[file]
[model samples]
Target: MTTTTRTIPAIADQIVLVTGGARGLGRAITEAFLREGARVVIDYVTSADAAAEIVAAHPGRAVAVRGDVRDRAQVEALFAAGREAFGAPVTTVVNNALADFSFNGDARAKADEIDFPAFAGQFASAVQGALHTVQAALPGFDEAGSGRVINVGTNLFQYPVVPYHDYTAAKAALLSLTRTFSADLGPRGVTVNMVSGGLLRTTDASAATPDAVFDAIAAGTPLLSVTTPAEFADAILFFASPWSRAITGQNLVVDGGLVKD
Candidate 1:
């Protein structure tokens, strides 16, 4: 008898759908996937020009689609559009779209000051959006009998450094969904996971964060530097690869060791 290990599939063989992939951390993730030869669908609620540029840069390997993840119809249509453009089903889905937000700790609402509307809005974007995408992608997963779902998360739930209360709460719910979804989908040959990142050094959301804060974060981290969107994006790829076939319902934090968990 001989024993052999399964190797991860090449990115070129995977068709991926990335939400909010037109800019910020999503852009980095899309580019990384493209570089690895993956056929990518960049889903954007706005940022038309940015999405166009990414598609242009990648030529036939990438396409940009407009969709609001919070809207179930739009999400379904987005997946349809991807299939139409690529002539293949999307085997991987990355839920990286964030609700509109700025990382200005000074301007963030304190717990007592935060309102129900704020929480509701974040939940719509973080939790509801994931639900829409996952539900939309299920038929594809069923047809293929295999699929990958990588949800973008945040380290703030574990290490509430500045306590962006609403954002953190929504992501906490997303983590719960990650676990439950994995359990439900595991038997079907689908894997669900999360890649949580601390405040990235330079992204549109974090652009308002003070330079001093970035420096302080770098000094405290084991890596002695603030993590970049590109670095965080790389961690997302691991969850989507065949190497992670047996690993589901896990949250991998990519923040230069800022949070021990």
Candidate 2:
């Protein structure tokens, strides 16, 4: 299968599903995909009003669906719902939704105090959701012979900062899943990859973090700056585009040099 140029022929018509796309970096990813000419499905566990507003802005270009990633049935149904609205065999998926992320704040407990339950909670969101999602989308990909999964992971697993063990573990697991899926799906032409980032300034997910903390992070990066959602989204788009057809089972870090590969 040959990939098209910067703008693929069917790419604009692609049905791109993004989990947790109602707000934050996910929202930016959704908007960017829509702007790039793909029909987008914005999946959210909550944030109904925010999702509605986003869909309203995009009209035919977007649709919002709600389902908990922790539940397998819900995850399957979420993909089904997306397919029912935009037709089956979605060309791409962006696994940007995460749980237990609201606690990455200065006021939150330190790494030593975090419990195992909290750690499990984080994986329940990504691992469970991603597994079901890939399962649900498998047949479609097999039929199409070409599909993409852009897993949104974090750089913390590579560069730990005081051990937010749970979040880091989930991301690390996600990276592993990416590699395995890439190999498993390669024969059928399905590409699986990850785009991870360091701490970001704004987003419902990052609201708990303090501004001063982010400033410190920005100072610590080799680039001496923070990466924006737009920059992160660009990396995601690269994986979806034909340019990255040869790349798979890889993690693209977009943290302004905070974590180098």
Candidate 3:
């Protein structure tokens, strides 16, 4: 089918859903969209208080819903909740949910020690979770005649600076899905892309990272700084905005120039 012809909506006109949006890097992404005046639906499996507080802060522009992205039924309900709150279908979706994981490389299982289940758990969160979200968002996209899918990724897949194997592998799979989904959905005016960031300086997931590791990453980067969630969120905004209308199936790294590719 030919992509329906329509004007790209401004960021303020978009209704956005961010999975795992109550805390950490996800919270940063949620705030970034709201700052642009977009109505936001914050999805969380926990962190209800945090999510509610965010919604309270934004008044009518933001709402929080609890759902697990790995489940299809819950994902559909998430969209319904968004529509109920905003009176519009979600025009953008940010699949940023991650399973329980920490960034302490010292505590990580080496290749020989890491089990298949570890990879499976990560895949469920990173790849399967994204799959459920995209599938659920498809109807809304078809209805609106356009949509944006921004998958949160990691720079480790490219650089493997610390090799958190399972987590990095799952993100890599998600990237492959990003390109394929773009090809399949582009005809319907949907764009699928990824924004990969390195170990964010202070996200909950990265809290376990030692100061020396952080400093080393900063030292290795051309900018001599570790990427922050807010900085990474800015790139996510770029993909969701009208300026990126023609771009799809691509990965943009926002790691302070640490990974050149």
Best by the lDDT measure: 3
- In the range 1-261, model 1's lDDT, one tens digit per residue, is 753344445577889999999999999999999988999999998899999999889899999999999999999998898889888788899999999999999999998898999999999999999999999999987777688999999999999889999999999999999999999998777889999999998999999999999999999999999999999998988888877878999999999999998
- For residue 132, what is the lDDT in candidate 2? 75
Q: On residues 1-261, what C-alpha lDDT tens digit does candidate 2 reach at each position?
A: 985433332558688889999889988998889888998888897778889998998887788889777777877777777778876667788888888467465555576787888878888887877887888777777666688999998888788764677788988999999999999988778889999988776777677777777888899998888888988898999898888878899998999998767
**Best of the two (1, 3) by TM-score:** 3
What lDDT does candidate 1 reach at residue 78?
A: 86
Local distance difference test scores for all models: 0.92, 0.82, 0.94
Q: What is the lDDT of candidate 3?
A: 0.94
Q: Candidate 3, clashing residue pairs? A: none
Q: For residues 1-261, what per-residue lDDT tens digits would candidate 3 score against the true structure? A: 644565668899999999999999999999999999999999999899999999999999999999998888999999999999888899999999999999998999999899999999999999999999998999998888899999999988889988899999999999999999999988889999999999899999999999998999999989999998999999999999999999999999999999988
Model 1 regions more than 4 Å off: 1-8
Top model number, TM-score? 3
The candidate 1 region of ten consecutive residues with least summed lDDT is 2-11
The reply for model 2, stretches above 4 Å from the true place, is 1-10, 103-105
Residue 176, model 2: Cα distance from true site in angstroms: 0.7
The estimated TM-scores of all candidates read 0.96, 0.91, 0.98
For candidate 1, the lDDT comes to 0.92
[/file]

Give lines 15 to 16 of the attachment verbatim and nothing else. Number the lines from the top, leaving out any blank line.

What lDDT does candidate 1 reach at residue 78?
A: 86